Kids Like Us

Back in the 80’s, I avoided dropping out of high school by becoming an exchange student. In what would have been my senior year,  I attended a French lycée in the town of Blois in the Loire Valley.  When I got there, I discovered that five years of junior and high school French had given me the fundamentals of reading and writing.  But I barely understood a word of the language as it was spoken.  Thank goodness for the other foreign kids at the school. I hung out with two Danes and a Kenyan and we created our own little language that was mainly English with smatterings of Swahili, French and Danish.  By spring, French had finally planted itself in my brain and I could follow my teacher’s lectures on Le Rouge et le Noir, giggle at the jokes of my classmates, even dream in French.  That’s when I learned that my classmates had earlier taken me for a snob. My discomfort with their tongue had come off as aloofness. Now that we could converse, they embraced me. On my return to the States, my entire class showed up at the train station to present me with a card and a necklace.  I had no idea that they were coming and could barely say au revoir for the lump in my throat.  I can still see them, bunched on the platform, waving enthusiastically until the train rounded a bend and they were lost from view.

That lump in my throat came back while reading Kids Like Us, Hilary Reyl’s moving account of Martin, a sixteen year old from California, who is accompanying his mother on a film shoot in Chenonceau, a chateau not far from the town where I lived in France. Reyl beautifully captures the colors and flavors and tempo of the Loire valley, along with the displacement and discovery I remember from that year.  Martin is not as displaced by the French language as I was, for his father, who he refers to as papa, is French, and taught him how to speak the language, bake quatre quarts cakes and read Proust. Martin’s displacement stems from his autism.  In California, he attends a special education school known as “The Center,” but for their time abroad, his mother has arranged for him to spend his days at a lycée to practice French with the locals.  Martin is also displaced by the end of his parents’ marriage, which is linked to his father’s imprisonment. The matter of fact way that Reyl deals with Martin’s father’s incarceration mirrors the way she deals with Martin’s autism.  Both are important pieces of information, but only one facet of their complex and sympathetic personalities.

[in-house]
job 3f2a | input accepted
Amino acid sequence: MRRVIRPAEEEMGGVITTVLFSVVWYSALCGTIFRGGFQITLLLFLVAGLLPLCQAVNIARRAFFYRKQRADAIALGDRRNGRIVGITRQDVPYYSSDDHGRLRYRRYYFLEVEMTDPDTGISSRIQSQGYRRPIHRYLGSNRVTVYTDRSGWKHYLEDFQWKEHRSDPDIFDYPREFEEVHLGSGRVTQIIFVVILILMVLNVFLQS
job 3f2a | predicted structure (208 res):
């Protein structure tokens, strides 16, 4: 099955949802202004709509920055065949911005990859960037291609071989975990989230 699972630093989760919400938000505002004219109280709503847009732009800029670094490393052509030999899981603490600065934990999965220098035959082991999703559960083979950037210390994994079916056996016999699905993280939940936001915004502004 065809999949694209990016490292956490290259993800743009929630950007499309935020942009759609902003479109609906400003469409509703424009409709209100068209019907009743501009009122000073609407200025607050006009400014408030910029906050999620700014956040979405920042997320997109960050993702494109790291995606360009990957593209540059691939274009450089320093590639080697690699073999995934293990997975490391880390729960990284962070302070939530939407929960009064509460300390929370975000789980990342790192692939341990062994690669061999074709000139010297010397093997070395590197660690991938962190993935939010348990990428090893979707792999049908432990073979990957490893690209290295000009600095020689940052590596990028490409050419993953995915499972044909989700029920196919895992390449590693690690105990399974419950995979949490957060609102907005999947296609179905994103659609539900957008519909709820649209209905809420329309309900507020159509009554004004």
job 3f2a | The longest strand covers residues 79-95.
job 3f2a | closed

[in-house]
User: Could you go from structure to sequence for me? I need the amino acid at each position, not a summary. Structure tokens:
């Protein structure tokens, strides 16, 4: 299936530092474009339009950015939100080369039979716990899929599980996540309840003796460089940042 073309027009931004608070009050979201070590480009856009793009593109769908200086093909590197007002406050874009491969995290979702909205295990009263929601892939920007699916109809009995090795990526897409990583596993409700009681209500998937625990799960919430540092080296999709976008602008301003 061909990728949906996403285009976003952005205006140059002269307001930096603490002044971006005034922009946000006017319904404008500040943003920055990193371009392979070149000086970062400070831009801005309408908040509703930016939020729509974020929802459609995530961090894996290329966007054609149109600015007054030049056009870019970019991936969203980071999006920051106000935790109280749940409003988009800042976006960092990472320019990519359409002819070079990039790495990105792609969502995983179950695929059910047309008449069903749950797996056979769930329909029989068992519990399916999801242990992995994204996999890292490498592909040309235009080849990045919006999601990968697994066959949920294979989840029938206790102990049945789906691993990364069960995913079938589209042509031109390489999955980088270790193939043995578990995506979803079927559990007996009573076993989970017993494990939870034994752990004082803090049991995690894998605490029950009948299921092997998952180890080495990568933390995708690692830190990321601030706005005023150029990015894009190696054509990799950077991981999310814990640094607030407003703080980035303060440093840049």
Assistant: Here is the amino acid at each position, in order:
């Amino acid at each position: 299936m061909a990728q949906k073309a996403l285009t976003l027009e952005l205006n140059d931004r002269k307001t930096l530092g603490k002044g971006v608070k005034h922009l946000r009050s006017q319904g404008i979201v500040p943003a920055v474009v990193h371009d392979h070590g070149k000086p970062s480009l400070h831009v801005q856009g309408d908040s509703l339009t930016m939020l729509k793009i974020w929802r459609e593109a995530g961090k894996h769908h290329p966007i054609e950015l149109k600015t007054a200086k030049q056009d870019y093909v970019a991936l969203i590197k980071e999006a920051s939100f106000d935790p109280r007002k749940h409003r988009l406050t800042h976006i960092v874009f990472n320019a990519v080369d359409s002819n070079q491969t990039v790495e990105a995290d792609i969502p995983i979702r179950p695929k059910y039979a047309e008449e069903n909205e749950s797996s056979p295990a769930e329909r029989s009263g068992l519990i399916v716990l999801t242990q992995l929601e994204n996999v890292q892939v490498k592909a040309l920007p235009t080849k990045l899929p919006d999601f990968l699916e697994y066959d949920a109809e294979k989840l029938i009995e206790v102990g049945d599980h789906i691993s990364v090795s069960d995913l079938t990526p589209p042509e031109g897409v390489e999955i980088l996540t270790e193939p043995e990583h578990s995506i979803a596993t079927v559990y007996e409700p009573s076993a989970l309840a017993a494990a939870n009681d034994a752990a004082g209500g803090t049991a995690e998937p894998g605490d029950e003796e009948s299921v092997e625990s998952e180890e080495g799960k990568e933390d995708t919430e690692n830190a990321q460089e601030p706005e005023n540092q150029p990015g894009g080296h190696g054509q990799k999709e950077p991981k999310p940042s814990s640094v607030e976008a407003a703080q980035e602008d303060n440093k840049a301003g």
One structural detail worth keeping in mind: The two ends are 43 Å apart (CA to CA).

As the story is told from Martin’s point of view, we are treated to an abundance of details that a more neurotypical narrator might have missed: the train ride from Paris to the town of Chenonceaux takes one hour and two minutes; forty percent of Martin’s French classmates wear Doc Martens, twenty-five percent wear Converses; the chapter headings include hours and minutes along with the date, so that the reader knows more precisely when Martin is forming his thoughts.  But numbers are not the pivot of Martin’s soul. Proust is. In particular, the first volume of In Search of Lost Time which he has shortened to Search.  Search goes with Martin everywhere.  When he gets confused, he scans its pages for words that can explain the pulls and tugs that people exert on him and each other.

When I was sixteen, and found myself sinking into despair, which occurred quite often, I’d take Catcher in the Rye off the shelf, open it at random and let my eyes fall upon a sentence. To my wonder, the words of these sentences invariably helped.  Sometimes they related to my plight, sometimes they redirected me, always they made me feel less alone. Martin’s relationship with Search is more literal; it is the portal through which he makes sense of the world.  Thus it confuses him when the pretty girl at the lycée who captures his heart is named Alice.  According to Search, she should be named Gilberte, and her parents should be artists, not gardeners. But if literalism grounds Martin, it does not govern him.  By the end of the story, he has not only kissed Alice, he has called her by her proper name.

Kids Like Us appeared in my mailbox because of my work at Extreme Kids.  If there is one thing that I have learned at Extreme Kids and through living with my son Felix, it is that the distinction between the disabled and the so called normal is at best blurry and usually in flux.  We all have our blind spots and inabilities, and though they might be taken for weaknesses, they can bring us to places of deeper understanding and experience.  This knowledge permeates Reyl’s book, which is not about autism, or a broken family, or an ambitious mother.  Rather Kids Like Us is a beautiful tale about young love, the solace of books, the complications of friendship, and the taste of Martin’s cassoulet.

Photo on 11-5-17 at 7.27 AM

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